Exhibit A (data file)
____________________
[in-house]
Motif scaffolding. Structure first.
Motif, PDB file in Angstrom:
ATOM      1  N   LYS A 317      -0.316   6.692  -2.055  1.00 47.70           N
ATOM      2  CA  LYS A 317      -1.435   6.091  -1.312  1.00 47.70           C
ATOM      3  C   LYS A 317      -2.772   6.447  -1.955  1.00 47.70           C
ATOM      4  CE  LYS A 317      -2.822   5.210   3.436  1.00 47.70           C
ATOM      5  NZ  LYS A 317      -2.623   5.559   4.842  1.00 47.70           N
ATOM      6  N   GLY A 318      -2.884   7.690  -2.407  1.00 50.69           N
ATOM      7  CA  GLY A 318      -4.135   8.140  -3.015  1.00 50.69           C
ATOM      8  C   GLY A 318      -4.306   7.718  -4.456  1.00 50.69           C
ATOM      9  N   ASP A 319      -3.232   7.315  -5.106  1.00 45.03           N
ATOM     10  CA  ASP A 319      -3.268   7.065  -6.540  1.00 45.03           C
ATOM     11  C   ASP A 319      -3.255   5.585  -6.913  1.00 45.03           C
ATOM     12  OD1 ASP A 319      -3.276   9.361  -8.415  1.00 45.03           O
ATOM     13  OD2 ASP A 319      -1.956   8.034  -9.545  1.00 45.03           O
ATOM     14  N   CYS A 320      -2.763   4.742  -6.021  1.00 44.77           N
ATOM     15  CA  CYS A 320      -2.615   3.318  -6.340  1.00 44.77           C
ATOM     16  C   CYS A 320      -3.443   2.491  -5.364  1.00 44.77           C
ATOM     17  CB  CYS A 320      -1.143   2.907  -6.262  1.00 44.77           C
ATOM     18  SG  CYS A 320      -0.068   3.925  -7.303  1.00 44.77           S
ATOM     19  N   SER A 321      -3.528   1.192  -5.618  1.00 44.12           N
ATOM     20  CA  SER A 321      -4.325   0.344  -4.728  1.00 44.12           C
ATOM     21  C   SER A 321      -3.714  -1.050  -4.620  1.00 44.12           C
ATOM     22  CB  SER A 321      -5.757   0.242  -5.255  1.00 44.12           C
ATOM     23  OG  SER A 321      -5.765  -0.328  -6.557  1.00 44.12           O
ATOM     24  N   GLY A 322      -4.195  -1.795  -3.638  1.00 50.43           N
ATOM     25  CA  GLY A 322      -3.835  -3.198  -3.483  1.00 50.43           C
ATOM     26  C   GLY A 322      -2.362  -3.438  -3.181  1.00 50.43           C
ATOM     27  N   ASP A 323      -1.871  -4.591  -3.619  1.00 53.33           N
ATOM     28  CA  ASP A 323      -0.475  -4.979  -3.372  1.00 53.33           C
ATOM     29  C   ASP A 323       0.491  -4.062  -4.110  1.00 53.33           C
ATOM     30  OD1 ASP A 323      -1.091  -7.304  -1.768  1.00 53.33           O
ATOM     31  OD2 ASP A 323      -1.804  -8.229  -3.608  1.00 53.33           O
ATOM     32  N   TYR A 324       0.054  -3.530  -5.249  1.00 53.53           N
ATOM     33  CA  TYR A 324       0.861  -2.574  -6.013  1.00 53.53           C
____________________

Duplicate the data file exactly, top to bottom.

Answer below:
[in-house]
Motif scaffolding. Structure first.
Motif, PDB file in Angstrom:
ATOM      1  N   LYS A 317      -0.316   6.692  -2.055  1.00 47.70           N
ATOM      2  CA  LYS A 317      -1.435   6.091  -1.312  1.00 47.70           C
ATOM      3  C   LYS A 317      -2.772   6.447  -1.955  1.00 47.70           C
ATOM      4  CE  LYS A 317      -2.822   5.210   3.436  1.00 47.70           C
ATOM      5  NZ  LYS A 317      -2.623   5.559   4.842  1.00 47.70           N
ATOM      6  N   GLY A 318      -2.884   7.690  -2.407  1.00 50.69           N
ATOM      7  CA  GLY A 318      -4.135   8.140  -3.015  1.00 50.69           C
ATOM      8  C   GLY A 318      -4.306   7.718  -4.456  1.00 50.69           C
ATOM      9  N   ASP A 319      -3.232   7.315  -5.106  1.00 45.03           N
ATOM     10  CA  ASP A 319      -3.268   7.065  -6.540  1.00 45.03           C
ATOM     11  C   ASP A 319      -3.255   5.585  -6.913  1.00 45.03           C
ATOM     12  OD1 ASP A 319      -3.276   9.361  -8.415  1.00 45.03           O
ATOM     13  OD2 ASP A 319      -1.956   8.034  -9.545  1.00 45.03           O
ATOM     14  N   CYS A 320      -2.763   4.742  -6.021  1.00 44.77           N
ATOM     15  CA  CYS A 320      -2.615   3.318  -6.340  1.00 44.77           C
ATOM     16  C   CYS A 320      -3.443   2.491  -5.364  1.00 44.77           C
ATOM     17  CB  CYS A 320      -1.143   2.907  -6.262  1.00 44.77           C
ATOM     18  SG  CYS A 320      -0.068   3.925  -7.303  1.00 44.77           S
ATOM     19  N   SER A 321      -3.528   1.192  -5.618  1.00 44.12           N
ATOM     20  CA  SER A 321      -4.325   0.344  -4.728  1.00 44.12           C
ATOM     21  C   SER A 321      -3.714  -1.050  -4.620  1.00 44.12           C
ATOM     22  CB  SER A 321      -5.757   0.242  -5.255  1.00 44.12           C
ATOM     23  OG  SER A 321      -5.765  -0.328  -6.557  1.00 44.12           O
ATOM     24  N   GLY A 322      -4.195  -1.795  -3.638  1.00 50.43           N
ATOM     25  CA  GLY A 322      -3.835  -3.198  -3.483  1.00 50.43           C
ATOM     26  C   GLY A 322      -2.362  -3.438  -3.181  1.00 50.43           C
ATOM     27  N   ASP A 323      -1.871  -4.591  -3.619  1.00 53.33           N
ATOM     28  CA  ASP A 323      -0.475  -4.979  -3.372  1.00 53.33           C
ATOM     29  C   ASP A 323       0.491  -4.062  -4.110  1.00 53.33           C
ATOM     30  OD1 ASP A 323      -1.091  -7.304  -1.768  1.00 53.33           O
ATOM     31  OD2 ASP A 323      -1.804  -8.229  -3.608  1.00 53.33           O
ATOM     32  N   TYR A 324       0.054  -3.530  -5.249  1.00 53.53           N
ATOM     33  CA  TYR A 324       0.861  -2.574  -6.013  1.00 53.53           C